# allennlp.semparse.contexts¶

A KnowledgeGraph is a graphical representation of some structured knowledge source: say a table, figure or an explicit knowledge base.

class allennlp.semparse.contexts.knowledge_graph.KnowledgeGraph(entities: typing.Set[str], neighbors: typing.Dict[str, typing.List[str]], entity_text: typing.Dict[str, str] = None) → None[source]

Bases: object

A KnowledgeGraph represents a collection of entities and their relationships.

The KnowledgeGraph currently stores (untyped) neighborhood information and text representations of each entity (if there is any).

The knowledge base itself can be a table (like in WikitableQuestions), a figure (like in NLVR) or some other structured knowledge source. This abstract class needs to be inherited for implementing the functionality appropriate for a given KB.

All of the parameters listed below are stored as public attributes.

Parameters: entities : Set[str] The string identifiers of the entities in this knowledge graph. We sort this set and store it as a list. The sorting is so that we get a guaranteed consistent ordering across separate runs of the code. neighbors : Dict[str, List[str]] A mapping from string identifiers to other string identifiers, denoting which entities are neighbors in the graph. entity_text : Dict[str, str] If you have additional text associated with each entity (other than its string identifier), you can store that here. This might be, e.g., the text in a table cell, or the description of a wikipedia entity.
class allennlp.semparse.contexts.table_question_knowledge_graph.TableQuestionKnowledgeGraph(entities: typing.Set[str], neighbors: typing.Dict[str, typing.List[str]], entity_text: typing.Dict[str, str], question_tokens: typing.List[allennlp.data.tokenizers.token.Token]) → None[source]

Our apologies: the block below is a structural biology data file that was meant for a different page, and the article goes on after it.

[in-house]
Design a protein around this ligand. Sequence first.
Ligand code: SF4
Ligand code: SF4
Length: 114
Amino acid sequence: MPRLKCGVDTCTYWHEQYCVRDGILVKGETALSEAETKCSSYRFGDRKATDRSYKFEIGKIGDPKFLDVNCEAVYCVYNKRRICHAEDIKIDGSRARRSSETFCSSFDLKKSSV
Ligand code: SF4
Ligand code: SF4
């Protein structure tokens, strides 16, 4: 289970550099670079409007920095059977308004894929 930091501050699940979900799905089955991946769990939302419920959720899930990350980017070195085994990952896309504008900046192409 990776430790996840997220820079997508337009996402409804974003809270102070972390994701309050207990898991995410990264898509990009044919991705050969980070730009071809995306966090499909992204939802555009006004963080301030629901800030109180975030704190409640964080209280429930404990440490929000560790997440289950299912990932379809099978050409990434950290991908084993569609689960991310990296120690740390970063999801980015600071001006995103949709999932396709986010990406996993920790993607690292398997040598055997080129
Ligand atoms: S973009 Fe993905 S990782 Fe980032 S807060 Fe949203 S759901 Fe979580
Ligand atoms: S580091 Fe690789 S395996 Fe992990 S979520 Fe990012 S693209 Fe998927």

A TableQuestionKnowledgeGraph represents the linkable entities in a table and a question about the table. The linkable entities in a table are the cells and the columns of the table, and the linkable entities from the question are the numbers in the question. We use the question to define our space of allowable numbers, because there are infinitely many numbers that we could include in our action space, and we really don’t want to do that. Additionally, we have a method that returns the set of entities in the graph that are relevant to the question, and we keep the question for this method. See get_linked_agenda_items for more information.

To represent the table as a graph, we make each cell and column a node in the graph, and consider a column’s neighbors to be all cells in that column (and thus each cell has just one neighbor - the column it belongs to). This is a rather simplistic view of the table. For example, we don’t store the order of rows.

We represent numbers as standalone nodes in the graph, without any neighbors.

Additionally, when we encounter cells that can be split, we create fb:part.[something] entities, also without any neighbors.

cell_part_regex = re.compile(',\\s|\\n|/')
get_linked_agenda_items() → typing.List[str][source]

Returns entities that can be linked to spans in the question, that should be in the agenda, for training a coverage based semantic parser. This method essentially does a heuristic entity linking, to provide weak supervision for a learning to search parser.

classmethod read_from_file(filename: str, question: typing.List[allennlp.data.tokenizers.token.Token]) → allennlp.semparse.contexts.table_question_knowledge_graph.TableQuestionKnowledgeGraph[source]

We read tables formatted as TSV files here. We assume the first line in the file is a tab separated list of column headers, and all subsequent lines are content rows. For example if the TSV file is:

Nation Olympics Medals USA 1896 8 China 1932 9

we read “Nation”, “Olympics” and “Medals” as column headers, “USA” and “China” as cells under the “Nation” column and so on.

classmethod read_from_json(json_object: typing.Dict[str, typing.Any]) → allennlp.semparse.contexts.table_question_knowledge_graph.TableQuestionKnowledgeGraph[source]

We read tables formatted as JSON objects (dicts) here. This is useful when you are reading data from a demo. The expected format is:

{"question": [token1, token2, ...],
"columns": [column1, column2, ...],
"cells": [[row1_cell1, row1_cell2, ...],
[row2_cell1, row2_cell2, ...],
... ]}

classmethod read_from_lines(lines: typing.List[str], question: typing.List[allennlp.data.tokenizers.token.Token]) → allennlp.semparse.contexts.table_question_knowledge_graph.TableQuestionKnowledgeGraph[source]